This A.I. eavesdrops on emergency calls to warn of possible cardiac arrests

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When you phone 911, you’re patched through to a trained human who is able to properly triage your phone call. Soon, you could also find yourself being listened to by a robot, however, who is tuning in to very different verbal information from the human emergency dispatcher.

Developed by Danish startup Corti, this emergency call-listening artificial intelligence is designed to listen to the caller for signs that they may be about to go into cardiac arrest. When it makes such a diagnosis, it then alerts the human dispatcher so that they can take the proper steps.

“Corti is meant to be a digital co-pilot for medical personnel,” Andreas Cleve, CEO of Corti, told Digital Trends. “Like a human doctor, Corti analyzes everything a patient says and shares in real time — from journal data, symptom descriptions, voice data, acoustic data, language data, their dialect, questions, and even their breathing patterns. Corti then outputs diagnostic advice to the medical personnel, to help them diagnose patients faster. This can be especially powerful in an emergency use case where mistakes can be fatal.”

As the company’s Chief Technology Officer Lars Maaloe told us, the technology framework uses deep learning neural networks trained on years of historical emergency calls. While it hasn’t yet been peer-reviewed, the team is currently working on this. A paper describing the work is likely to published later in 2018.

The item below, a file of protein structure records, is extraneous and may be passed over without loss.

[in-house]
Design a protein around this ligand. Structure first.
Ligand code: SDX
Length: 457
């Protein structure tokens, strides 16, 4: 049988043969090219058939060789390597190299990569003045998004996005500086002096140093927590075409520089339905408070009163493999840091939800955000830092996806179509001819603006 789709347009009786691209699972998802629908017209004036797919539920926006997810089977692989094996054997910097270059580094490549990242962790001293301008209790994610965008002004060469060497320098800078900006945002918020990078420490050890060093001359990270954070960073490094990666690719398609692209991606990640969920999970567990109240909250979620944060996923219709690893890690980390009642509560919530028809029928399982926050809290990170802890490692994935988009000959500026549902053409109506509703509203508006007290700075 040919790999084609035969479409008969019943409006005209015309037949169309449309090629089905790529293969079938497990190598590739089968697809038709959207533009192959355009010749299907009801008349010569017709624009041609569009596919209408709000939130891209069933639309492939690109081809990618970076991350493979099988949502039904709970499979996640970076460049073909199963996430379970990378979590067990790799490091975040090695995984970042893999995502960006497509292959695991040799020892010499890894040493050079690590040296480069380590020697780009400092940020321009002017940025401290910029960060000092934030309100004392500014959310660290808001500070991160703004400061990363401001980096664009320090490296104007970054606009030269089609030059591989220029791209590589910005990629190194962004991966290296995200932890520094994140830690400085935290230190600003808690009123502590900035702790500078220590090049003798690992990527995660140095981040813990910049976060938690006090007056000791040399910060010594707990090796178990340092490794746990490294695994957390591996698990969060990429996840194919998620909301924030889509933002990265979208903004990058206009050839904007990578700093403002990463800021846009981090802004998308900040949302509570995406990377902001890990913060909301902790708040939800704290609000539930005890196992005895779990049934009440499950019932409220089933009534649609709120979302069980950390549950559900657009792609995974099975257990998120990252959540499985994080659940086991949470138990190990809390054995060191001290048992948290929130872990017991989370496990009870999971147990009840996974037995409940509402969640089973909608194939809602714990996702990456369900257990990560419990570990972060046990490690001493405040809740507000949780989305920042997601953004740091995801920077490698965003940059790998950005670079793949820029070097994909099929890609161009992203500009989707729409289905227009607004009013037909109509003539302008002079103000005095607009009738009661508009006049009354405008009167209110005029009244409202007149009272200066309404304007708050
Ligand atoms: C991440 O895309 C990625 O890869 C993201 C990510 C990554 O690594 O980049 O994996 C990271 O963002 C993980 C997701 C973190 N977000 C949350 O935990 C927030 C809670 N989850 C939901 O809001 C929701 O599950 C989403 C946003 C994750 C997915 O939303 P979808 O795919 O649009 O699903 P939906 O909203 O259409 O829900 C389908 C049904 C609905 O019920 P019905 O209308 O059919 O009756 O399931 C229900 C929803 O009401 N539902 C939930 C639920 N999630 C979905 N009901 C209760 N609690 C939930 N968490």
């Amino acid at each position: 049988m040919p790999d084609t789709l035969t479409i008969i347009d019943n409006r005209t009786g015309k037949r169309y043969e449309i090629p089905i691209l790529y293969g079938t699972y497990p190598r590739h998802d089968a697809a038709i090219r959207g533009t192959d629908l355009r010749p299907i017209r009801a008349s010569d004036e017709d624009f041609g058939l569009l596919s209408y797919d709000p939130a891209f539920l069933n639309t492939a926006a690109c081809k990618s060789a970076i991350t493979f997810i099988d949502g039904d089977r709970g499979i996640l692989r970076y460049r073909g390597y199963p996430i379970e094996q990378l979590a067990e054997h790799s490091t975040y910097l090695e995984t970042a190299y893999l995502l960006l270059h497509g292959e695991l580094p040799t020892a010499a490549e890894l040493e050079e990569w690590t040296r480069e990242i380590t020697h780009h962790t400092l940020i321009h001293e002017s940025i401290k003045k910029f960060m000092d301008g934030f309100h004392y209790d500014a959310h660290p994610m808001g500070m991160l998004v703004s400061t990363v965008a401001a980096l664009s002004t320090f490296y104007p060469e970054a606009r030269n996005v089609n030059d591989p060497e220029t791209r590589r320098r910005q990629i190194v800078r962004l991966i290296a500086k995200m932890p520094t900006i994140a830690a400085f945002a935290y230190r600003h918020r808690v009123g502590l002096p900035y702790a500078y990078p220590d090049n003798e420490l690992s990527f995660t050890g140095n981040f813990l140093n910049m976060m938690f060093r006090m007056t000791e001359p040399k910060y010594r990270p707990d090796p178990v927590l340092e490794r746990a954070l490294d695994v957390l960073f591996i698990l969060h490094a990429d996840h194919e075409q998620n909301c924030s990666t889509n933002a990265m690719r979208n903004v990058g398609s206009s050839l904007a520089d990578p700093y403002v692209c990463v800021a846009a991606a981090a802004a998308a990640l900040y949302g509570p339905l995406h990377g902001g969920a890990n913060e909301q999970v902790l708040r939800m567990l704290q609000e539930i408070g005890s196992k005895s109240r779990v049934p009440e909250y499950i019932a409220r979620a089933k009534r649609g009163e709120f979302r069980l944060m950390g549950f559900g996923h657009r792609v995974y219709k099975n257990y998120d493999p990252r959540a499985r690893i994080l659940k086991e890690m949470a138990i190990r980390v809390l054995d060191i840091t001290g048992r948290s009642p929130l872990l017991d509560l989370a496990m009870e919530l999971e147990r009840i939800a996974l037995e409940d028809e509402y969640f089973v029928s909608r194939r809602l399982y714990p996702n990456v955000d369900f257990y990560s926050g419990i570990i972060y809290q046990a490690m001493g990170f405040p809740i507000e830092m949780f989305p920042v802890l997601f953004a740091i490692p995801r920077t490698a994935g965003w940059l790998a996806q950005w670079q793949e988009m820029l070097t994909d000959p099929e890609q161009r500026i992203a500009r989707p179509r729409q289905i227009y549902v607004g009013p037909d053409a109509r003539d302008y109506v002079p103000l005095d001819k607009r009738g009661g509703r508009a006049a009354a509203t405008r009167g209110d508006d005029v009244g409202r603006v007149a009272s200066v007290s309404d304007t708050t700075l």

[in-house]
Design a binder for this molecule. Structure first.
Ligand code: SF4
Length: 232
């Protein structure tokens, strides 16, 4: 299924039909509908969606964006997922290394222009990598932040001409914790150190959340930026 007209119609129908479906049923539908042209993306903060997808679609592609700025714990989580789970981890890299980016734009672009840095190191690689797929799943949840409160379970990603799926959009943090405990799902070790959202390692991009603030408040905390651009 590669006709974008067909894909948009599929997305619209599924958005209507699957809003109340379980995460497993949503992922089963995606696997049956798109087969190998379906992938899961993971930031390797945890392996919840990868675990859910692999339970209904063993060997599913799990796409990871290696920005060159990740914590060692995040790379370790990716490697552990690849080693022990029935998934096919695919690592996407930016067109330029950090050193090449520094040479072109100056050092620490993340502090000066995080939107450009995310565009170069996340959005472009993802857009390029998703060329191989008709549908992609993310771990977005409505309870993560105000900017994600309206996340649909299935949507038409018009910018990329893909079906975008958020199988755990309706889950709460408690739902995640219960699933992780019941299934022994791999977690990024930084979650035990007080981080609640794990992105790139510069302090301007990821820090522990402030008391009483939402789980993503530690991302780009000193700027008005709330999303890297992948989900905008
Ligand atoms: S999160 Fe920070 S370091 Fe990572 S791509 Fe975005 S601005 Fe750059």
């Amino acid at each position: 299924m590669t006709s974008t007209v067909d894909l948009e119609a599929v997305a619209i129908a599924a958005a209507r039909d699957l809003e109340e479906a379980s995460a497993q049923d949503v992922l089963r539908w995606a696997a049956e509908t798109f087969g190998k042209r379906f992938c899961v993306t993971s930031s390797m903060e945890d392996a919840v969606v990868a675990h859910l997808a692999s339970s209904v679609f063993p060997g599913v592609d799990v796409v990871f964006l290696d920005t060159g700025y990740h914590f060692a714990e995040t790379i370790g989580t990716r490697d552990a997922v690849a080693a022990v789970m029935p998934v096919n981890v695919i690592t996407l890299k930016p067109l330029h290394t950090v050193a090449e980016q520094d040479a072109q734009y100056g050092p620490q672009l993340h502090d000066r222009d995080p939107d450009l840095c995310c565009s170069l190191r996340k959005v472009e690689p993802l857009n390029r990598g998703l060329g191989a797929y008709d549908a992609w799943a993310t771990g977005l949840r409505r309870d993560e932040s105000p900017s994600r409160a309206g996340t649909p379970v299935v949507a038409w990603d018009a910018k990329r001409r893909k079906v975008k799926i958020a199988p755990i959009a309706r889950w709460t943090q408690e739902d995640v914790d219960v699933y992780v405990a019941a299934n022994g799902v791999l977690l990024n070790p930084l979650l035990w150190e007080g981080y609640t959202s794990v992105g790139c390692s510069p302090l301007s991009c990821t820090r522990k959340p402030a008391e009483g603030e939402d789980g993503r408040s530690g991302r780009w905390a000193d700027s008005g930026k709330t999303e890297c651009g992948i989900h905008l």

“Today the technology is being used in Copenhagen EMS, who have spearheaded the application of machine learning in the prehospital space worldwide,” Cleve said. “At Copenhagen EMS, our technology is able to give emergency call takers diagnostic advice in natural language, and it’s integrated directly into the software they are already using. Our goal is to make it easier for medical personnel to do their jobs, not complicate it further with fancier technology. We are extremely skeptical of the idea of rushing to replace trained medical personnel with A.I., since from both ethical and professional perspective we prefer human contact when it comes to our health. Personally, I simply can’t see myself preferring a bot over a medically trained human agent. But the setup where humans are amplified by A.I.? That to us is a far more powerful scenario in healthcare.”